Interpretation and Confliction in the Analysis of Flannery O’Connor

Some of the best stories ever written are some of the most heavily criticized. Flannery O’Connor raised eyebrows with her controversial stories about religion, race, and humanity, and as a result disapproval did fall. But beyond the surface of O’Connor’s work lays a complex core. Some of her critics could not see past the violence and controversy. Others were able to find depth in her work. Two such people, Danny Duncan Collum and Alice Walker, have been published and reprinted in Sojouner\'s, a magazine whose mission is to “proclaim and practice the biblical call to integrate spiritual renewal and social justice” (Sojourner’s 1). Both writers take an intense look at the multifaceted writings of Flannery O’Connor and both draw separate conclusions.

Alice Walker is an award winning author and poet. In her book In Search of Our Mothers’ Gardens: Womanist Prose, Walker had a piece entitled “Beyond the Peacock: The Reconstruction of Flannery O’Connor.” Besides being a well-respected writer, Walker clearly shows that she can be considered a respected analyst as well. She has the ability to see Flannery’s characters for what they are: “misfits, thieves, madmen, idiot children, illiterates, and murderers, and her black characters, male and female, appear equally shallow, demented, and absurd” (“A Soul Without Myths” 1).

Despite her capacity for the breakdown of O’Connor’s characters, Walker falters in the overall examination of O’Connor. She said, “essential O’Connor is not about race at all…If it can be said to be “about” anything, then it is “about” prophets and prophecy, “about” revelation, and “about” the impact of supernatural grace on human beings who don’t have a chance of spiritual growth without it” (“A Soul Without Myths” 1).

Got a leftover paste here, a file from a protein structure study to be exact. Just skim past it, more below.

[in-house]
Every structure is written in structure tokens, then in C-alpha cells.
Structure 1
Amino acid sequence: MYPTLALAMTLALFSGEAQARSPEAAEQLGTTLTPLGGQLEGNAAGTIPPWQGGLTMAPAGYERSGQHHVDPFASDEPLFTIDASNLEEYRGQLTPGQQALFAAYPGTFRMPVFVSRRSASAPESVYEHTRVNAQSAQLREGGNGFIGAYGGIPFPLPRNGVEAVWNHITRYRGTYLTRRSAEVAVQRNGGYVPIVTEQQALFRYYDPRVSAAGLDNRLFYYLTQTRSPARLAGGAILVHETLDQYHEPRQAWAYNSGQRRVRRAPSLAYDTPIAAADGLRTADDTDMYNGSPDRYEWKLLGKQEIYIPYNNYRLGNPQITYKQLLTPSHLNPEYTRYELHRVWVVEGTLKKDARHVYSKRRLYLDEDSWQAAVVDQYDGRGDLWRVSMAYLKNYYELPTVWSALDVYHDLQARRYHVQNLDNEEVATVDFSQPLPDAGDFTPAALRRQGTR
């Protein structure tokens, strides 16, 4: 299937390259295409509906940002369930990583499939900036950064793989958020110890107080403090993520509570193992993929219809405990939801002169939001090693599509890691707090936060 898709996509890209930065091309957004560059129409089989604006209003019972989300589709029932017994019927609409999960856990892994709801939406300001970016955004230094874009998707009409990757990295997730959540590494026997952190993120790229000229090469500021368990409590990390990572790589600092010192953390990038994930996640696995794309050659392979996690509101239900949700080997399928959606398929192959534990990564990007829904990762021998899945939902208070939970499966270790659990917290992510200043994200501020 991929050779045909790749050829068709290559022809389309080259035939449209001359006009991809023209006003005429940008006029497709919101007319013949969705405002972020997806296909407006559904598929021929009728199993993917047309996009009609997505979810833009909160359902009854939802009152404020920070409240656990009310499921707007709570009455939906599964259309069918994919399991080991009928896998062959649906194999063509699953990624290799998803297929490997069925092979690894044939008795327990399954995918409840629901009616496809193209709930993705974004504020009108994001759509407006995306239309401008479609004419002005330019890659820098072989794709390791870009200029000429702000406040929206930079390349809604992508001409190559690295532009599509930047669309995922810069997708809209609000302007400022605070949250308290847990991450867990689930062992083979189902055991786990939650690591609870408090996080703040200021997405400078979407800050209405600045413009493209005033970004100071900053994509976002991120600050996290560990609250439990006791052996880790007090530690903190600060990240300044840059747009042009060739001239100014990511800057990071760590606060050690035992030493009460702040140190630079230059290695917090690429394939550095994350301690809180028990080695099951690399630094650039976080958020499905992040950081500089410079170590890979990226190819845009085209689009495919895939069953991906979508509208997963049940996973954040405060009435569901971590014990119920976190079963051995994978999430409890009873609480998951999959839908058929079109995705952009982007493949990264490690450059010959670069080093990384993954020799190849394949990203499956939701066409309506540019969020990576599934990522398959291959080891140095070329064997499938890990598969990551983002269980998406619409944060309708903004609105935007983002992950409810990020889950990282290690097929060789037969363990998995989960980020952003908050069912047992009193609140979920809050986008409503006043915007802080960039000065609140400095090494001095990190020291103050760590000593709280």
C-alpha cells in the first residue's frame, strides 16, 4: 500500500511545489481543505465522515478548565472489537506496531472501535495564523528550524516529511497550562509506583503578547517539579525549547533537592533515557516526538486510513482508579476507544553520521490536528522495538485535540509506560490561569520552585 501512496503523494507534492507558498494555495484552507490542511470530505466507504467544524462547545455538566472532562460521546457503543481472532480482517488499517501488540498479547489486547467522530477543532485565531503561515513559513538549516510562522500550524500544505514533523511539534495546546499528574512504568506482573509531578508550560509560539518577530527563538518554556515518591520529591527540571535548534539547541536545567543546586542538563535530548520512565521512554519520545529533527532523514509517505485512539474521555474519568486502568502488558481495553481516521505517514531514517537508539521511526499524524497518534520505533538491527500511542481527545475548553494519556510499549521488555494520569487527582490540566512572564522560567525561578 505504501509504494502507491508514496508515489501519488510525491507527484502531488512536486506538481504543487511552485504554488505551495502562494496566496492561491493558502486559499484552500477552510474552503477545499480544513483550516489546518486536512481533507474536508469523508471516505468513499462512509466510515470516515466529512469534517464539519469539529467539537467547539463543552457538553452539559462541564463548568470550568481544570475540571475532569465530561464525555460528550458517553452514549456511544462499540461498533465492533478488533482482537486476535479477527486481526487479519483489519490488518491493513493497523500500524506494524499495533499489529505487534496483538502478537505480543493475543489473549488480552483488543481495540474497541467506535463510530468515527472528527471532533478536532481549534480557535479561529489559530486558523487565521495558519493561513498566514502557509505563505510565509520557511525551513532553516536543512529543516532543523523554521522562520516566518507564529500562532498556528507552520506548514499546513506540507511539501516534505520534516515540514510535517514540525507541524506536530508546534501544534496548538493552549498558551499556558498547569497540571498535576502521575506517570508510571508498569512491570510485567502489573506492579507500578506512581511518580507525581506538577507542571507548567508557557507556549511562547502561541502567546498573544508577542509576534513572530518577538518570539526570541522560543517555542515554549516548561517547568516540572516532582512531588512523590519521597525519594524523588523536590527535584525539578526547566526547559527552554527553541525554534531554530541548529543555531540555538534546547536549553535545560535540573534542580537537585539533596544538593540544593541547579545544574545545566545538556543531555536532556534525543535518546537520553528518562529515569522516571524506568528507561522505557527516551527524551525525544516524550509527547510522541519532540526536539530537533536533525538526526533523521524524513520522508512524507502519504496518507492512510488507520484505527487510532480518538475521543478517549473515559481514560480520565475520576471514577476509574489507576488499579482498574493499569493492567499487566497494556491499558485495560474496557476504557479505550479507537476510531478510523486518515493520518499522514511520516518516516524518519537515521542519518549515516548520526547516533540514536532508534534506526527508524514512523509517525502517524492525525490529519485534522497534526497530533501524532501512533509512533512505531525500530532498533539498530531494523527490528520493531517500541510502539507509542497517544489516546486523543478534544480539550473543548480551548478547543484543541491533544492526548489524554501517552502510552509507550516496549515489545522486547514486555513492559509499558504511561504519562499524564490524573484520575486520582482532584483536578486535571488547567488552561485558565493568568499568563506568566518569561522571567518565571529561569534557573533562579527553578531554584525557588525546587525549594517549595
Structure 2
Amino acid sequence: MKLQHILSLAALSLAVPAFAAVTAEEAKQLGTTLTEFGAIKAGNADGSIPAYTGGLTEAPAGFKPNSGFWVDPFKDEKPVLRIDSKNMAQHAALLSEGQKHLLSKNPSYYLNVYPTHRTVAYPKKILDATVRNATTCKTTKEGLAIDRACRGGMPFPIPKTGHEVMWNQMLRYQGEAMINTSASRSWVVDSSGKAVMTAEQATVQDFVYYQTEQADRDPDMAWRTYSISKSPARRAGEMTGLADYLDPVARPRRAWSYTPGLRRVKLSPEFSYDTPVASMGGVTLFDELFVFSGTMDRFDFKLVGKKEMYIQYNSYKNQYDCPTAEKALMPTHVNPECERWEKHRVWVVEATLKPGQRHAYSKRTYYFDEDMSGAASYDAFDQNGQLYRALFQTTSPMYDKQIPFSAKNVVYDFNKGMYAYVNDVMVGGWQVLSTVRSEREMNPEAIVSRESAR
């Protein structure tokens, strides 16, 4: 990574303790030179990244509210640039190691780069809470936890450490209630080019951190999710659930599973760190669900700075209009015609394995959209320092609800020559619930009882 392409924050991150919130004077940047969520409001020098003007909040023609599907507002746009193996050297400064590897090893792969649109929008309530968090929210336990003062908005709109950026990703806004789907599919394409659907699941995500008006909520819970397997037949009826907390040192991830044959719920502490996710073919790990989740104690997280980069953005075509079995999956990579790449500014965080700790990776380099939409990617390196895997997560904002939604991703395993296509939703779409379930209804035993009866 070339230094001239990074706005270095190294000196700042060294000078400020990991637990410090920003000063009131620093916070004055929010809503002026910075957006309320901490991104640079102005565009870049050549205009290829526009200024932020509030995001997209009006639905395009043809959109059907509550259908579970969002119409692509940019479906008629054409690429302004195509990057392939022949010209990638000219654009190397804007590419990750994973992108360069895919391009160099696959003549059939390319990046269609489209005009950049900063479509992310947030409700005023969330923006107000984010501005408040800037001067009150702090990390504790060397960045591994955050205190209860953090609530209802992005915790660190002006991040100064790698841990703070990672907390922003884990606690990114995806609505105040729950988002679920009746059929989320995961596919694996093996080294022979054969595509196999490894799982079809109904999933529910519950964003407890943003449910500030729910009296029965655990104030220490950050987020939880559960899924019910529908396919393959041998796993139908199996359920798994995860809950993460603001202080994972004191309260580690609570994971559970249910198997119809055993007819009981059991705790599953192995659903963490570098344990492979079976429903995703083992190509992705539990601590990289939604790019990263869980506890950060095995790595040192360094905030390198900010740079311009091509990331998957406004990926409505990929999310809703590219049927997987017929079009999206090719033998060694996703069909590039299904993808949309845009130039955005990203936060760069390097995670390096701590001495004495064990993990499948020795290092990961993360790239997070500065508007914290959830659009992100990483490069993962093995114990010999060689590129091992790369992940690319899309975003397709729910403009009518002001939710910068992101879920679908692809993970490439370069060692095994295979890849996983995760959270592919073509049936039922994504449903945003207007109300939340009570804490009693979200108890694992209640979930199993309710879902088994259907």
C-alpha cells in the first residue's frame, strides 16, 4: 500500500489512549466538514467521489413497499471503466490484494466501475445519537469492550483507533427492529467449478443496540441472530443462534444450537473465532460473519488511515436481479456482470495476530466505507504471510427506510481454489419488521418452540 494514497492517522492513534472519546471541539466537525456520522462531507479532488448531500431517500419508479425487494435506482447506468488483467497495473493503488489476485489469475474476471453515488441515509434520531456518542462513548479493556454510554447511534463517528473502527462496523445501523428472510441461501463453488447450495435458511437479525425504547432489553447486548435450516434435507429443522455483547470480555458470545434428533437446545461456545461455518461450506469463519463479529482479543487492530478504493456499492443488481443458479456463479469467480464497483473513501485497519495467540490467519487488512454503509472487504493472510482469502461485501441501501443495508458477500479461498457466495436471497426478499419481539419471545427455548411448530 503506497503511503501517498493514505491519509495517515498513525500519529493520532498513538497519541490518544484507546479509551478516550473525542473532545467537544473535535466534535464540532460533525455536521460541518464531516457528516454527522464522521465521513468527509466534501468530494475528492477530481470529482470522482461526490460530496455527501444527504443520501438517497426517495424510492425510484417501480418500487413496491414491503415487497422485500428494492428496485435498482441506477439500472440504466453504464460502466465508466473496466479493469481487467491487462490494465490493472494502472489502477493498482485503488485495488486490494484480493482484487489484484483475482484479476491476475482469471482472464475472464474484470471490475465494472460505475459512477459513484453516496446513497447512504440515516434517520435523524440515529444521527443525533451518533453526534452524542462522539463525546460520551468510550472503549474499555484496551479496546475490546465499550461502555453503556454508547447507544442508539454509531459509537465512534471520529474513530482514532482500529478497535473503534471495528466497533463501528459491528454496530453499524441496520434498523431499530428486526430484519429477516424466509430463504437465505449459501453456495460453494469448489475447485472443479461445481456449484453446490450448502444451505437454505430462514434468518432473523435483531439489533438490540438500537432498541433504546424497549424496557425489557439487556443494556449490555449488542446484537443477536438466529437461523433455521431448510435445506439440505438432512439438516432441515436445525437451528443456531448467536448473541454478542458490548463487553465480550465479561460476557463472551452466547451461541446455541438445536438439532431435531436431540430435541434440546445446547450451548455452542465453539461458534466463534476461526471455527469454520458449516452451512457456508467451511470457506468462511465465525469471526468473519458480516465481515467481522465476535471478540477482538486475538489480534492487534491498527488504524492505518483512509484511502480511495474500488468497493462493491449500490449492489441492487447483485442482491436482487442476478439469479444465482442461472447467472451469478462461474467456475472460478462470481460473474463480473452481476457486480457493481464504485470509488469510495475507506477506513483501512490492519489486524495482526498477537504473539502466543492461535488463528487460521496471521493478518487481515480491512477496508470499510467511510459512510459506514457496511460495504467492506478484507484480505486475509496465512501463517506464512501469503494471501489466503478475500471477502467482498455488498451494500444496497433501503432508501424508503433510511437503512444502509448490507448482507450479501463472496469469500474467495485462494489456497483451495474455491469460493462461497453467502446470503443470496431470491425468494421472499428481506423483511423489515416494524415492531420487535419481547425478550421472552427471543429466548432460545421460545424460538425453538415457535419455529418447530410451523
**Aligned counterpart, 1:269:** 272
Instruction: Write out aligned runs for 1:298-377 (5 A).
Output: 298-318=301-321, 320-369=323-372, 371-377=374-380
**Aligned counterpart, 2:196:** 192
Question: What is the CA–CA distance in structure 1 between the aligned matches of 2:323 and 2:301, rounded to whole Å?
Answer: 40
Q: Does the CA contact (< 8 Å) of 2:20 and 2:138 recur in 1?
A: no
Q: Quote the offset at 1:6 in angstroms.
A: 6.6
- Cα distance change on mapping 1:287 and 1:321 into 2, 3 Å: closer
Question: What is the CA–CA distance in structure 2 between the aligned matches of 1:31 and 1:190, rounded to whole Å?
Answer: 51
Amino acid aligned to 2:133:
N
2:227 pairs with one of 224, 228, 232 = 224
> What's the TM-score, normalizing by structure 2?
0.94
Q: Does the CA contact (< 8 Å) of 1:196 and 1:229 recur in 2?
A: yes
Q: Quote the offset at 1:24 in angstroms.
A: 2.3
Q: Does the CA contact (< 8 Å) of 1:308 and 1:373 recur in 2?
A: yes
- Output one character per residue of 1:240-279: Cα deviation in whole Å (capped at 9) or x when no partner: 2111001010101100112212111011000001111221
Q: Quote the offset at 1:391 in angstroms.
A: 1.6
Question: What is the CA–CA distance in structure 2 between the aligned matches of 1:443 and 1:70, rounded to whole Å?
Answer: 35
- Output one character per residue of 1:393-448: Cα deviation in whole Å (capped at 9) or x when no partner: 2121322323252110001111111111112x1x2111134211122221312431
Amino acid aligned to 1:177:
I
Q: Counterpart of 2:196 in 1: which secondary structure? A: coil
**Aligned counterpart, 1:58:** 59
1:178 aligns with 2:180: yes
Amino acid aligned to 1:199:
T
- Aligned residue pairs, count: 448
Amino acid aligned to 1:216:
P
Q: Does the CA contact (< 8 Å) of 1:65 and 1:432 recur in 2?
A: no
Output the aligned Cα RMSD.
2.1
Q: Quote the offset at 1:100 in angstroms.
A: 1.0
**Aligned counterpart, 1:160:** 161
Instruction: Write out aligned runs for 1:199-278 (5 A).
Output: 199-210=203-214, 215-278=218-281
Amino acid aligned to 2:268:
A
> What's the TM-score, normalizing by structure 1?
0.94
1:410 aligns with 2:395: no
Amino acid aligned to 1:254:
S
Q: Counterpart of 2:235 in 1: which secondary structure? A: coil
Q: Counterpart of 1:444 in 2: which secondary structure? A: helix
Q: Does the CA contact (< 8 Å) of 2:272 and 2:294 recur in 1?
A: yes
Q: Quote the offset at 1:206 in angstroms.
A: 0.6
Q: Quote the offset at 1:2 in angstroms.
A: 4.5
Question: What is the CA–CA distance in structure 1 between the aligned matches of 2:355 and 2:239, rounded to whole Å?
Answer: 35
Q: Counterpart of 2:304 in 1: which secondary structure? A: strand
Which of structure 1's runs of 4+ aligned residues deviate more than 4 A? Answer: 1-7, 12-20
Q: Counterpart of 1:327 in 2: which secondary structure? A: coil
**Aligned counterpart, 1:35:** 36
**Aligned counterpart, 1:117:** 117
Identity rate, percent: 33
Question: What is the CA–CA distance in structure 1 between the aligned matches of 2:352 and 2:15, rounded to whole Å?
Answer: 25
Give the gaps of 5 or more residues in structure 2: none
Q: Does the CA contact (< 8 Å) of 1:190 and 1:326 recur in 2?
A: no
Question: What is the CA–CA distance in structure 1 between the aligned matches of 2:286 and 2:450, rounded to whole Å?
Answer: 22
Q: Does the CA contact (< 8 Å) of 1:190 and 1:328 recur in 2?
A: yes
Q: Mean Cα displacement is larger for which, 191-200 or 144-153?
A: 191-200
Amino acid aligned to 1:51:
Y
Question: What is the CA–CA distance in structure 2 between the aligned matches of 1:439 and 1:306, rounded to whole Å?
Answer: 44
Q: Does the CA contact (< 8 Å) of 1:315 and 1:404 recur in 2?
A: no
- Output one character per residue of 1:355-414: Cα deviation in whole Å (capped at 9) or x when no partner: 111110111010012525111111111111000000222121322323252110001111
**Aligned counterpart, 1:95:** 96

Yes, O’Connor deals with divine truth, with prophets, with spiritual growth. But race IS a factor in the things Flannery wrote. Why else would O’Connor create such dynamic and reoccurring characters that’s race is highlighted? To say her work wasn’t about race is to imply that O’Connor was a shallow writer whose characters were cutouts. She would not have emphasized the issue of race, she would not have written so vividly about the destruction of a person based on their racial prejudices and so disturbingly representative of the underbelly of humanity if she wasn’t making a point about race.

A perfect example of Flannery’s humanity is in the short story “Everything That Rises Must Converge”, where a large black woman clubs a racist and self-important woman, who we know only as Julian’s mother, after being insulted. Julian’s mother then has a stroke and dies in the middle of the street, leaving Julian, the ungrateful and annoyed son, in a state where “the tide of darkness seemed to sweep him back to her, postponing from moment to moment his entry into the world of guilt and sorrow” (“Everything That Rises Must Converge” 23). There are two themes in this story, one that Walker would have found, the theme of revelation. The other theme is race.

Walker saw a great writer in Flannery. One of the best things about literature is that it is open for interpretation. While Walker may have been off on the issue of race, her skill at analysis and the depth of her understanding more than makes up for the difference in her interpretation.

Another writer to be published in Sojourner’s, columnist Danny Duncan Collum also viewed Flannery as a great writer. But instead of praising her to high heaven or condemning her to hell, as many evaluators do, Collum related to her on more than one level. He started by identifying the personal connection between Flannery’s religious themes and his life. He then took that same connection and applied it to the present day south, where “the best indicator of the Southern culture’s geographic boundaries is the preponderance of TV preachers and gospel music in the electronic airwaves” (“Nature and Grace” 1). He saw empathy and identification, he saw prophets like Alice Walker did, he saw from a view that only a southerner would find. “She displays a deep-seated hostility toward Atlanta and all its pomps. In her stories the prosperous and sophisticated city is a place of estrangement and alienation” (“Nature and Grace” 1). Who but